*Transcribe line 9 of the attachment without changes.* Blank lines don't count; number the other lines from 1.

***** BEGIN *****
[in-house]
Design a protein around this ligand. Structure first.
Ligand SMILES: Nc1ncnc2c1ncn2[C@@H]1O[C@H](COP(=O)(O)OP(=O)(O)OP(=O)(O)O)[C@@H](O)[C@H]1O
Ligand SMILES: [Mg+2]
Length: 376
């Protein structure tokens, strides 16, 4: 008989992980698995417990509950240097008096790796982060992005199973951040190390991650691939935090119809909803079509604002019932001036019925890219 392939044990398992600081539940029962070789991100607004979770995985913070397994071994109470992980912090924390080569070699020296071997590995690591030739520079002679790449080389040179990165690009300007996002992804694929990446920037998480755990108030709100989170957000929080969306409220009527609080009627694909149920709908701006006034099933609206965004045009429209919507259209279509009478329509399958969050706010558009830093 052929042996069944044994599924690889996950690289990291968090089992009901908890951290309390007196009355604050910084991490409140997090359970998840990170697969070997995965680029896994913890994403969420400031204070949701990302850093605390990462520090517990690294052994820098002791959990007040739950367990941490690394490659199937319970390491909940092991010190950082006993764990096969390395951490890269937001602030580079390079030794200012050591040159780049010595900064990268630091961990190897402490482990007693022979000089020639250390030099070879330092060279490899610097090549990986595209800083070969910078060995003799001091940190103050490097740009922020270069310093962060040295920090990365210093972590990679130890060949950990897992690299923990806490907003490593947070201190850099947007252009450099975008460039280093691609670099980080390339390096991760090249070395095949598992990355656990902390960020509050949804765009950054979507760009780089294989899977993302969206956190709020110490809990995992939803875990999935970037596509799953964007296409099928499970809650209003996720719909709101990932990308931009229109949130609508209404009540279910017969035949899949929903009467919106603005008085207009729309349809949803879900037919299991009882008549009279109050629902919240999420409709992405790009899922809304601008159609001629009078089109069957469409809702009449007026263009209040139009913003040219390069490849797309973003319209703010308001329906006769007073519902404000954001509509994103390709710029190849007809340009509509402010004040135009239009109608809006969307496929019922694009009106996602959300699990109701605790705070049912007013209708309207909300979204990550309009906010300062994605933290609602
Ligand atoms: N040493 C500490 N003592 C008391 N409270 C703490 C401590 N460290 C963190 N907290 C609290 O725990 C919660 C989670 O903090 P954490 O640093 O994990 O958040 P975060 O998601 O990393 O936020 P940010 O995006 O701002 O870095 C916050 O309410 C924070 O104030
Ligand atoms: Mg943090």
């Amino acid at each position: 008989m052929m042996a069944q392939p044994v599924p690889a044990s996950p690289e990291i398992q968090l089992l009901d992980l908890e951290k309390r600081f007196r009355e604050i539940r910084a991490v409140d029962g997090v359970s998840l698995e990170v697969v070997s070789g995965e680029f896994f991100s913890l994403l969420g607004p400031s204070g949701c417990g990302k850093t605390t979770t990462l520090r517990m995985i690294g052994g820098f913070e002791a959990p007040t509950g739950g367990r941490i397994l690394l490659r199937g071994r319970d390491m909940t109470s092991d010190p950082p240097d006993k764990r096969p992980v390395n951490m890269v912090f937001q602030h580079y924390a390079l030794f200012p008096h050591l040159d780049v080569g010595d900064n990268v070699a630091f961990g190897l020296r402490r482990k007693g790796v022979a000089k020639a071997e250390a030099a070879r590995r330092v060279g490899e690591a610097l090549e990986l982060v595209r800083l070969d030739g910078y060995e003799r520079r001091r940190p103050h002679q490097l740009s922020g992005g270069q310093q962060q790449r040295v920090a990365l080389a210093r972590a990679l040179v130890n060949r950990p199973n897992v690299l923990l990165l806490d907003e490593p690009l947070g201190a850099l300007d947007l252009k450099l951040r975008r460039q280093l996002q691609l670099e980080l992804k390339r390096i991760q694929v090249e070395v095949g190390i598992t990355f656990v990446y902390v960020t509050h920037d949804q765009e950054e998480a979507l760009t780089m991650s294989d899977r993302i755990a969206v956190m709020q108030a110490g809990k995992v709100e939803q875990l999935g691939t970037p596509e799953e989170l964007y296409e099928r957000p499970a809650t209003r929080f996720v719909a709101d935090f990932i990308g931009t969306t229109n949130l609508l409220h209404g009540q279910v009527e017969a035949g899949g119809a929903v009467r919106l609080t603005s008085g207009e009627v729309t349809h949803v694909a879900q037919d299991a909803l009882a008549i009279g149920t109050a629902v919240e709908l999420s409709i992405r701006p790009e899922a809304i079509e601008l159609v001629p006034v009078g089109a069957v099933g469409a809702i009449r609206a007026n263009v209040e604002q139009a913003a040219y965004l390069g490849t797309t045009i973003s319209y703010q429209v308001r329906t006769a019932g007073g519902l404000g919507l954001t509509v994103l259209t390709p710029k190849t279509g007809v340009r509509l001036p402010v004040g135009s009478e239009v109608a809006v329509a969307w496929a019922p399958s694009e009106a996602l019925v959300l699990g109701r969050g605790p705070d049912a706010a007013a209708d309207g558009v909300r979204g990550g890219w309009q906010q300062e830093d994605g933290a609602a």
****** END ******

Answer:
């Amino acid at each position: 008989m052929m042996a069944q392939p044994v599924p690889a044990s996950p690289e990291i398992q968090l089992l009901d992980l908890e951290k309390r600081f007196r009355e604050i539940r910084a991490v409140d029962g997090v359970s998840l698995e990170v697969v070997s070789g995965e680029f896994f991100s913890l994403l969420g607004p400031s204070g949701c417990g990302k850093t605390t979770t990462l520090r517990m995985i690294g052994g820098f913070e002791a959990p007040t509950g739950g367990r941490i397994l690394l490659r199937g071994r319970d390491m909940t109470s092991d010190p950082p240097d006993k764990r096969p992980v390395n951490m890269v912090f937001q602030h580079y924390a390079l030794f200012p008096h050591l040159d780049v080569g010595d900064n990268v070699a630091f961990g190897l020296r402490r482990k007693g790796v022979a000089k020639a071997e250390a030099a070879r590995r330092v060279g490899e690591a610097l090549e990986l982060v595209r800083l070969d030739g910078y060995e003799r520079r001091r940190p103050h002679q490097l740009s922020g992005g270069q310093q962060q790449r040295v920090a990365l080389a210093r972590a990679l040179v130890n060949r950990p199973n897992v690299l923990l990165l806490d907003e490593p690009l947070g201190a850099l300007d947007l252009k450099l951040r975008r460039q280093l996002q691609l670099e980080l992804k390339r390096i991760q694929v090249e070395v095949g190390i598992t990355f656990v990446y902390v960020t509050h920037d949804q765009e950054e998480a979507l760009t780089m991650s294989d899977r993302i755990a969206v956190m709020q108030a110490g809990k995992v709100e939803q875990l999935g691939t970037p596509e799953e989170l964007y296409e099928r957000p499970a809650t209003r929080f996720v719909a709101d935090f990932i990308g931009t969306t229109n949130l609508l409220h209404g009540q279910v009527e017969a035949g899949g119809a929903v009467r919106l609080t603005s008085g207009e009627v729309t349809h949803v694909a879900q037919d299991a909803l009882a008549i009279g149920t109050a629902v919240e709908l999420s409709i992405r701006p790009e899922a809304i079509e601008l159609v001629p006034v009078g089109a069957v099933g469409a809702i009449r609206a007026n263009v209040e604002q139009a913003a040219y965004l390069g490849t797309t045009i973003s319209y703010q429209v308001r329906t006769a019932g007073g519902l404000g919507l954001t509509v994103l259209t390709p710029k190849t279509g007809v340009r509509l001036p402010v004040g135009s009478e239009v109608a809006v329509a969307w496929a019922p399958s694009e009106a996602l019925v959300l699990g109701r969050g605790p705070d049912a706010a007013a209708d309207g558009v909300r979204g990550g890219w309009q906010q300062e830093d994605g933290a609602a």